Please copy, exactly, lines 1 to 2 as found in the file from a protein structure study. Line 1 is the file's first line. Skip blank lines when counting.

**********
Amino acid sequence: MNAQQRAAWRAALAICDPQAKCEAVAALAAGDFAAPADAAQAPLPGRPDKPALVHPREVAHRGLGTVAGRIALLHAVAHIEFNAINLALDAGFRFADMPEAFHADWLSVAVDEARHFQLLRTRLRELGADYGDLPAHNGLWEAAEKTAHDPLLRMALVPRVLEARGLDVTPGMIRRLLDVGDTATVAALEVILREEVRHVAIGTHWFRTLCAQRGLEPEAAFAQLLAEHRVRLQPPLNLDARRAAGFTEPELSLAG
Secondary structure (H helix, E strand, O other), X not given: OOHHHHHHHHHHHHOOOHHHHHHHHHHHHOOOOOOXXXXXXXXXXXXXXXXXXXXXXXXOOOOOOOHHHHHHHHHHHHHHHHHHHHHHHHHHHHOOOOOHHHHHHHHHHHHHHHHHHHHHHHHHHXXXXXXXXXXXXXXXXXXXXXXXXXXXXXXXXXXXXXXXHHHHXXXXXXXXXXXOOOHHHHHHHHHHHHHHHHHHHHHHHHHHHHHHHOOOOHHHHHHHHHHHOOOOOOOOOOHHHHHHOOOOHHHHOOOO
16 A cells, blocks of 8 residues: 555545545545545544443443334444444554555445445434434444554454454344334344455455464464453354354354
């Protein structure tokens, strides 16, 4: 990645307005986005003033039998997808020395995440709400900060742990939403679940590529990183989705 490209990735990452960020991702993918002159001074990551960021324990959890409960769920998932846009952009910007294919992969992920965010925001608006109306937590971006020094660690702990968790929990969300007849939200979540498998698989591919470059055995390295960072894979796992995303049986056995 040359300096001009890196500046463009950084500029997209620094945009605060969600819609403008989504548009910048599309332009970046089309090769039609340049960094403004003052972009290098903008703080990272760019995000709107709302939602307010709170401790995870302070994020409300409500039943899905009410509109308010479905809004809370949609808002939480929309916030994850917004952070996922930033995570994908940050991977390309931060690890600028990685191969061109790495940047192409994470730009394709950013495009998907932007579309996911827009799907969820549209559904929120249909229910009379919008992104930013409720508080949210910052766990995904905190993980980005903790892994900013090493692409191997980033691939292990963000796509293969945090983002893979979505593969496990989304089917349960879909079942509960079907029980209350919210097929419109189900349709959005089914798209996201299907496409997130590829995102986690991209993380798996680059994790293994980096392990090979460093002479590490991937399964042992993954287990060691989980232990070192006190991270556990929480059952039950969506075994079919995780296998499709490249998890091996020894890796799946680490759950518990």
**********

Amino acid sequence: MNAQQRAAWRAALAICDPQAKCEAVAALAAGDFAAPADAAQAPLPGRPDKPALVHPREVAHRGLGTVAGRIALLHAVAHIEFNAINLALDAGFRFADMPEAFHADWLSVAVDEARHFQLLRTRLRELGADYGDLPAHNGLWEAAEKTAHDPLLRMALVPRVLEARGLDVTPGMIRRLLDVGDTATVAALEVILREEVRHVAIGTHWFRTLCAQRGLEPEAAFAQLLAEHRVRLQPPLNLDARRAAGFTEPELSLAG
Secondary structure (H helix, E strand, O other), X not given: OOHHHHHHHHHHHHOOOHHHHHHHHHHHHOOOOOOXXXXXXXXXXXXXXXXXXXXXXXXOOOOOOOHHHHHHHHHHHHHHHHHHHHHHHHHHHHOOOOOHHHHHHHHHHHHHHHHHHHHHHHHHHXXXXXXXXXXXXXXXXXXXXXXXXXXXXXXXXXXXXXXXHHHHXXXXXXXXXXXOOOHHHHHHHHHHHHHHHHHHHHHHHHHHHHHHHOOOOHHHHHHHHHHHOOOOOOOOOOHHHHHHOOOOHHHHOOOO